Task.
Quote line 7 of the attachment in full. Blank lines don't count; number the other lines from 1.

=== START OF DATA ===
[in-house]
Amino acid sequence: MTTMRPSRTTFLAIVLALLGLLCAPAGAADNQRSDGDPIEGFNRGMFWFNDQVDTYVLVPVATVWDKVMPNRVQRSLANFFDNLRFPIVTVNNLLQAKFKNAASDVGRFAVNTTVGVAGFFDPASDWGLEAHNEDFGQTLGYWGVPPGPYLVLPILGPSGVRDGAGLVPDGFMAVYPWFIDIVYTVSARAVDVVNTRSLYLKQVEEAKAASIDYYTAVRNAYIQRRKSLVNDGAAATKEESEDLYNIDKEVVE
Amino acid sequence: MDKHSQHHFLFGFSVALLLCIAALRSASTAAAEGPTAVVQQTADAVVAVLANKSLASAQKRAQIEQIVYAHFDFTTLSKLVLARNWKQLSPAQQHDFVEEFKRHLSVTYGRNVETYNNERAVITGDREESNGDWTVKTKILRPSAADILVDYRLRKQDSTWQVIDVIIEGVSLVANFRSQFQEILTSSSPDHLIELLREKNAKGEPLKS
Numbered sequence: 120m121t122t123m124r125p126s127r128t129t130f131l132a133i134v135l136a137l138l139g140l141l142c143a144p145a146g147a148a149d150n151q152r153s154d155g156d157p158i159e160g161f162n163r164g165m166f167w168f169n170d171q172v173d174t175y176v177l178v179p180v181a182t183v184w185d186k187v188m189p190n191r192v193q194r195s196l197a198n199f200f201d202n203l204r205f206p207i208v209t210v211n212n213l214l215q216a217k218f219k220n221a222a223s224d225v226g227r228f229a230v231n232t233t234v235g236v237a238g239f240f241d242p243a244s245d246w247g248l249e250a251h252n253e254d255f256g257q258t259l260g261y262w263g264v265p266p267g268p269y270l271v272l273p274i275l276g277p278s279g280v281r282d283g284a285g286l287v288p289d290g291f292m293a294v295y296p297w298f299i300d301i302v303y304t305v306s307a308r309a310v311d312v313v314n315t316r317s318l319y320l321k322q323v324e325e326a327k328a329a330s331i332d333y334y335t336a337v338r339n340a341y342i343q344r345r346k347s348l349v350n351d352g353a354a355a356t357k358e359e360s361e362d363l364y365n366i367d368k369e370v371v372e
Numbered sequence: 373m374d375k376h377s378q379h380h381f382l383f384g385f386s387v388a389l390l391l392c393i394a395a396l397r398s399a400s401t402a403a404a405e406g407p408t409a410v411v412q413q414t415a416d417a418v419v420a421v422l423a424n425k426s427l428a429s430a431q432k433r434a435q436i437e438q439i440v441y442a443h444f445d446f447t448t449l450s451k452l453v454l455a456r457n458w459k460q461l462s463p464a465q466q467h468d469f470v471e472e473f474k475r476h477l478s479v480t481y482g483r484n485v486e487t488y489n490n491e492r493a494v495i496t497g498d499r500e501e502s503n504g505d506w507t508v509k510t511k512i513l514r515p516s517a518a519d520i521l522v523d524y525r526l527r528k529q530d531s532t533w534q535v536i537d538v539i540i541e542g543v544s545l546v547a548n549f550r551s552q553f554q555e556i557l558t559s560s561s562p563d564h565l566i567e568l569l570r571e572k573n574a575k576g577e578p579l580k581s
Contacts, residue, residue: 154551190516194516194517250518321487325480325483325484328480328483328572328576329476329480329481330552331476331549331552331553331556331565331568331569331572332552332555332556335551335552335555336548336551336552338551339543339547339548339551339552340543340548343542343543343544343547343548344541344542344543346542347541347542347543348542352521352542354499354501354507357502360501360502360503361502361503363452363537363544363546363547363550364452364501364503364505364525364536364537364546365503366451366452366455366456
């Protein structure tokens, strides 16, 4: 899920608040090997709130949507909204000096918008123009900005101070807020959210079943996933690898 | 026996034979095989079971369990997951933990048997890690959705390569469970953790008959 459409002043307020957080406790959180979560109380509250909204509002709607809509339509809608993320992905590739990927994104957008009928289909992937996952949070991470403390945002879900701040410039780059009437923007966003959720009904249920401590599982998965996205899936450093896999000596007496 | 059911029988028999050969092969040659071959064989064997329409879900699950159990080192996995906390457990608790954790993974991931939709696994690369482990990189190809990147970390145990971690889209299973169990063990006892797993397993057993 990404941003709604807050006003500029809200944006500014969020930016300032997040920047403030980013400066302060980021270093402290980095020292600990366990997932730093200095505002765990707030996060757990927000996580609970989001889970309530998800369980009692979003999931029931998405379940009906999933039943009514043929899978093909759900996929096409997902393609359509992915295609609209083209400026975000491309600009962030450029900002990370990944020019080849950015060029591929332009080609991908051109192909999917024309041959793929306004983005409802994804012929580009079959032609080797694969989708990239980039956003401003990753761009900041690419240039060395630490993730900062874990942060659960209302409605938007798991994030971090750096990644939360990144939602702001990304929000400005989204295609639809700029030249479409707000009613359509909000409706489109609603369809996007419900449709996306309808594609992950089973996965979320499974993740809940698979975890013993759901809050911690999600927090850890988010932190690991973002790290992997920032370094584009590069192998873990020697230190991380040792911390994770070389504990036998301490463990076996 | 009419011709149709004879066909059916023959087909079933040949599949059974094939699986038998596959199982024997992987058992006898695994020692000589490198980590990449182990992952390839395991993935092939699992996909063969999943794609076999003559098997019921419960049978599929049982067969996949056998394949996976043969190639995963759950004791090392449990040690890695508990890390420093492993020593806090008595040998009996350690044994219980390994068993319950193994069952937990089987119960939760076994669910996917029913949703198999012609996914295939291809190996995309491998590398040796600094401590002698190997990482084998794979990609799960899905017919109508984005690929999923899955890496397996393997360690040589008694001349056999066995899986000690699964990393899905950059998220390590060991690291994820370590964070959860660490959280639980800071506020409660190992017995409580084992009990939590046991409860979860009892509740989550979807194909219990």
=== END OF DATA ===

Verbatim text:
């Protein structure tokens, strides 16, 4: 899920608040090997709130949507909204000096918008123009900005101070807020959210079943996933690898 | 026996034979095989079971369990997951933990048997890690959705390569469970953790008959 459409002043307020957080406790959180979560109380509250909204509002709607809509339509809608993320992905590739990927994104957008009928289909992937996952949070991470403390945002879900701040410039780059009437923007966003959720009904249920401590599982998965996205899936450093896999000596007496 | 059911029988028999050969092969040659071959064989064997329409879900699950159990080192996995906390457990608790954790993974991931939709696994690369482990990189190809990147970390145990971690889209299973169990063990006892797993397993057993 990404941003709604807050006003500029809200944006500014969020930016300032997040920047403030980013400066302060980021270093402290980095020292600990366990997932730093200095505002765990707030996060757990927000996580609970989001889970309530998800369980009692979003999931029931998405379940009906999933039943009514043929899978093909759900996929096409997902393609359509992915295609609209083209400026975000491309600009962030450029900002990370990944020019080849950015060029591929332009080609991908051109192909999917024309041959793929306004983005409802994804012929580009079959032609080797694969989708990239980039956003401003990753761009900041690419240039060395630490993730900062874990942060659960209302409605938007798991994030971090750096990644939360990144939602702001990304929000400005989204295609639809700029030249479409707000009613359509909000409706489109609603369809996007419900449709996306309808594609992950089973996965979320499974993740809940698979975890013993759901809050911690999600927090850890988010932190690991973002790290992997920032370094584009590069192998873990020697230190991380040792911390994770070389504990036998301490463990076996 | 009419011709149709004879066909059916023959087909079933040949599949059974094939699986038998596959199982024997992987058992006898695994020692000589490198980590990449182990992952390839395991993935092939699992996909063969999943794609076999003559098997019921419960049978599929049982067969996949056998394949996976043969190639995963759950004791090392449990040690890695508990890390420093492993020593806090008595040998009996350690044994219980390994068993319950193994069952937990089987119960939760076994669910996917029913949703198999012609996914295939291809190996995309491998590398040796600094401590002698190997990482084998794979990609799960899905017919109508984005690929999923899955890496397996393997360690040589008694001349056999066995899986000690699964990393899905950059998220390590060991690291994820370590964070959860660490959280639980800071506020409660190992017995409580084992009990939590046991409860979860009892509740989550979807194909219990």